“As I outlined in Action Order A: Airmen, this decision is a commitment to supporting the Airmen We Need and sustaining the culture and environment of excellence that will continue to make the Air Force an attractive career choice for Airmen and families,” said Air Force Chief of Staff Gen. Charles Q. Brown, Jr. “I’m thankful for the feedback and research conducted from a number of women leaders, the Women’s Initiative Team, the Air Force uniform board, and our joint teammates.”

The Air Force uniform board convened virtually in November 2020 to discuss ideas sourced from Airmen across the Air Force who participated in a dress and appearance crowdsourcing campaign. Participants on the board included 19 diverse Airmen of various ranks from across the major commands and headquarters directorates.

The board reviewed all ideas including a recommendation from the Air Force’s Women’s Initiative Team. Thousands of women across the Air Force provided feedback to the Women’s Initiative Team, stating constraints to hair grooming standards resulted in damage to hair, migraines and in some cases, hair loss. The detailed work done by the Women’s Initiative Team to research and support the recommendation was greatly appreciated by the uniform board.

“In addition to the health concerns we have for our Airmen, not all women have the same hair type, and our hair standards should reflect our diverse force,” said Chief Master Sergeant of the Air Force JoAnne S. Bass. “I am pleased we could make this important change for our women service members.”

In addition to addressing issues associated with personal health and hair loss, adjusting female hair standards supports ongoing efforts to address diversity and inclusion in the ranks. Earlier this year and in her role leading the Defense Department’s Diversity Board, then-Secretary of the Air Force Barbara M. Barrett played a prominent role in supporting these types of adjustments to ensure a more inclusive culture in the services.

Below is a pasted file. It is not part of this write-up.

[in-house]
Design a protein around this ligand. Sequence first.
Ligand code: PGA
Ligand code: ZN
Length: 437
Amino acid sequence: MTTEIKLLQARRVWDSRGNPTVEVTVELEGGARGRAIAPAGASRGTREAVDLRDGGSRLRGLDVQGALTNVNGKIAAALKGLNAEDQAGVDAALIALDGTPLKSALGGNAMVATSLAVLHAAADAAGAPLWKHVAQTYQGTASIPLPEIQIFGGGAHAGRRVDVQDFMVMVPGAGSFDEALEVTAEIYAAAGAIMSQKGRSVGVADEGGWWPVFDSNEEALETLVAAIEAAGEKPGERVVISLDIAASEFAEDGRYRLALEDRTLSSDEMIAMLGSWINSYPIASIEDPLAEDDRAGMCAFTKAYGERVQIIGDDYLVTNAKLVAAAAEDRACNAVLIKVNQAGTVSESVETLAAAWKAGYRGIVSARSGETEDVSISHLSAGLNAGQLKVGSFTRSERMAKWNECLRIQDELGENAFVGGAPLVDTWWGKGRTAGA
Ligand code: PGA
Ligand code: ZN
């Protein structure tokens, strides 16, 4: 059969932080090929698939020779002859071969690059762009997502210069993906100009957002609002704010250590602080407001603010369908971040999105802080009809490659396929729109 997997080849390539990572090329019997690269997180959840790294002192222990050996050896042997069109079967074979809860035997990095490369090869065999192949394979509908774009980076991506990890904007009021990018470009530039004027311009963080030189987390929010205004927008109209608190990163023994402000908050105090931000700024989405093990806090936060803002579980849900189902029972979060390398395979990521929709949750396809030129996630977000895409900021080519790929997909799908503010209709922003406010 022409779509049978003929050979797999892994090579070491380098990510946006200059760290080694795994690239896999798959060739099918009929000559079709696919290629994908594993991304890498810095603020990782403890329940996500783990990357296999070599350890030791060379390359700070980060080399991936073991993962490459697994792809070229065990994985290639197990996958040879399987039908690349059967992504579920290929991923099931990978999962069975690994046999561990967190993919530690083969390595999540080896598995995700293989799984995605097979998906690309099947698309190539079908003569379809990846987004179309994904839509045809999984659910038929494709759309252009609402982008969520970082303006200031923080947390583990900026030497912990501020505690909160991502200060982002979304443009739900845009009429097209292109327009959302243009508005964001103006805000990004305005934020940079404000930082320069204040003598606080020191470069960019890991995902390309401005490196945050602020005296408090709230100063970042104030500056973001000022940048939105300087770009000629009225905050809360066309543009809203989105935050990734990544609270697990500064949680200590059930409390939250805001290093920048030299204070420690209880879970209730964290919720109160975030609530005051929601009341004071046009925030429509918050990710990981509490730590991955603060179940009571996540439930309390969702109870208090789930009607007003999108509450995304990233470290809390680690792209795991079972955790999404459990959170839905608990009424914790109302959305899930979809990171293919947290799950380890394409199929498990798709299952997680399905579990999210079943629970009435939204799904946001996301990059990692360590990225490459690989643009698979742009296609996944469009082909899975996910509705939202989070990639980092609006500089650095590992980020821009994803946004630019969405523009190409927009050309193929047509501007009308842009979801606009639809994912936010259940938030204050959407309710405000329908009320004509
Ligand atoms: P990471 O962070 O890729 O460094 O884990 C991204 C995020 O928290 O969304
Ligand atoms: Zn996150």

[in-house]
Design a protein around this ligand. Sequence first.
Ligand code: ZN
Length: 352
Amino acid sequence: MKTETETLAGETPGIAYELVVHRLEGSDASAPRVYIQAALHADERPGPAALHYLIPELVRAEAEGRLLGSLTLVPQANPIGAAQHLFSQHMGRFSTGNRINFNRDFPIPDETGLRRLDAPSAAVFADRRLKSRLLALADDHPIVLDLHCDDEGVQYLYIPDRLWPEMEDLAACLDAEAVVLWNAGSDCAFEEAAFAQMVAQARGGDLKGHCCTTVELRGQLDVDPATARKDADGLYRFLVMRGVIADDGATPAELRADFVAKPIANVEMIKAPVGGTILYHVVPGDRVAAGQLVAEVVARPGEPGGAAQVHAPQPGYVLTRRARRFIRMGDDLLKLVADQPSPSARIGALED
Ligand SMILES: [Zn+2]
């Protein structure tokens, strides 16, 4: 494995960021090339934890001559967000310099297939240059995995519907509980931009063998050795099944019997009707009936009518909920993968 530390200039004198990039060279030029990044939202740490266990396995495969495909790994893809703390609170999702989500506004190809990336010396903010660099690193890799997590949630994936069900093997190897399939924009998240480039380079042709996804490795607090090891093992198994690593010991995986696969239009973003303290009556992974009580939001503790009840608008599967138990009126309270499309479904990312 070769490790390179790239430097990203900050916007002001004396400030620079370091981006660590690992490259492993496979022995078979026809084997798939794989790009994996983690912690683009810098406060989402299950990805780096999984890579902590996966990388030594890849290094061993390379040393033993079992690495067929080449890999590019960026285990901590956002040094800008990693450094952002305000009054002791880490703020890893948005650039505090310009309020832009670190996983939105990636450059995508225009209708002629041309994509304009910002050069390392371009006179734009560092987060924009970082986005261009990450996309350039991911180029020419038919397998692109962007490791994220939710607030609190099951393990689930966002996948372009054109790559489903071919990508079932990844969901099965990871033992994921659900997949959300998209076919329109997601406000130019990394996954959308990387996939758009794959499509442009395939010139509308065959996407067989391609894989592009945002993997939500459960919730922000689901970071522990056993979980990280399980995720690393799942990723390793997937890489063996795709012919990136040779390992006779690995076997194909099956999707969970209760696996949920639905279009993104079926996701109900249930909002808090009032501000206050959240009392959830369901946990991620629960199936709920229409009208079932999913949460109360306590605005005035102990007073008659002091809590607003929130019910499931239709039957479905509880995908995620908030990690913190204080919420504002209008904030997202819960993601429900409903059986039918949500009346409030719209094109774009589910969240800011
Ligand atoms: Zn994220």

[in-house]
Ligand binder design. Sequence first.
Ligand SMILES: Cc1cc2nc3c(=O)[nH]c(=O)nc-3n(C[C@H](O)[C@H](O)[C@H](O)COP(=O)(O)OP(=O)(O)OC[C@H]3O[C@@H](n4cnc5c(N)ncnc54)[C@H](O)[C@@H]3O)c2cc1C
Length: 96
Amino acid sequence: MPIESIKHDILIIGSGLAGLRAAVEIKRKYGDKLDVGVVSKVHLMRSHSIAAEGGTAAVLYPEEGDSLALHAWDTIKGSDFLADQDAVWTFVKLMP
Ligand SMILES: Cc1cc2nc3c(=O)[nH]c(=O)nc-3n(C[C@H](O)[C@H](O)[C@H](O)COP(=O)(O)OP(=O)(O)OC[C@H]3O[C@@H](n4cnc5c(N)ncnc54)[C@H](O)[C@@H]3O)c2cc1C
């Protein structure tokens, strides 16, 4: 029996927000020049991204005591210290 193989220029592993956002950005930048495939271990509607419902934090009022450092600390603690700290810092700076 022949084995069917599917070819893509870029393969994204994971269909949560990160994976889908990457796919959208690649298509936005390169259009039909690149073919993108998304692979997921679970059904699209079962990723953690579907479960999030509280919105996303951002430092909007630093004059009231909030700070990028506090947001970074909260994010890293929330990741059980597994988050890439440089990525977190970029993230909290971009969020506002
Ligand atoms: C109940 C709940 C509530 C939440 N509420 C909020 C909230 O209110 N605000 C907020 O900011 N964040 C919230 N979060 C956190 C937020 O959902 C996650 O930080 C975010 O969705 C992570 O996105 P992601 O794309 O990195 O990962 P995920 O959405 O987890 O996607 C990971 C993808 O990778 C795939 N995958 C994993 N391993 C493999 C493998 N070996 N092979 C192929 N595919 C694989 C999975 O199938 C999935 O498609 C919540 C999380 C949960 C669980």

The Air Force chief of staff approved the policy after considering feedback from the force, the uniform board recommendation, and the professional image and standards of the Air Force and U.S. military.

“We remain committed to removing barriers to service,” said Lt. Gen. Brian Kelly, Air Force deputy chief of staff for manpower, personnel and services. “In an all-volunteer force, we want fully qualified volunteers who are representative of the nation to see us as a great opportunity to maximize their talent and serve.”

Members must adhere to current occupational safety, fire and health guidance, and mishap prevention procedures emphasizing when and how to mitigate the potential for injury from hair of varying lengths around machinery, equipment, power transmission apparatus or moving parts. Airmen are encouraged to reach out to their safety office for assistance in analyzing any potential hazards, as applicable.

Another idea considered by the board related to beard wear for men. Unlike with women’s hair standards, there are no known health or hair loss issues associated with current male grooming standard compliance. As such, the Air Force plans to continue under the current male grooming standards without adjustments. Beards are currently permitted in conjunction with medical exceptions such as shaving waivers or for approved religious accommodations.

At this time, Guardians will adhere to the female grooming standards of the Air Force. Eventually, the U.S. Space Force will develop its own policy.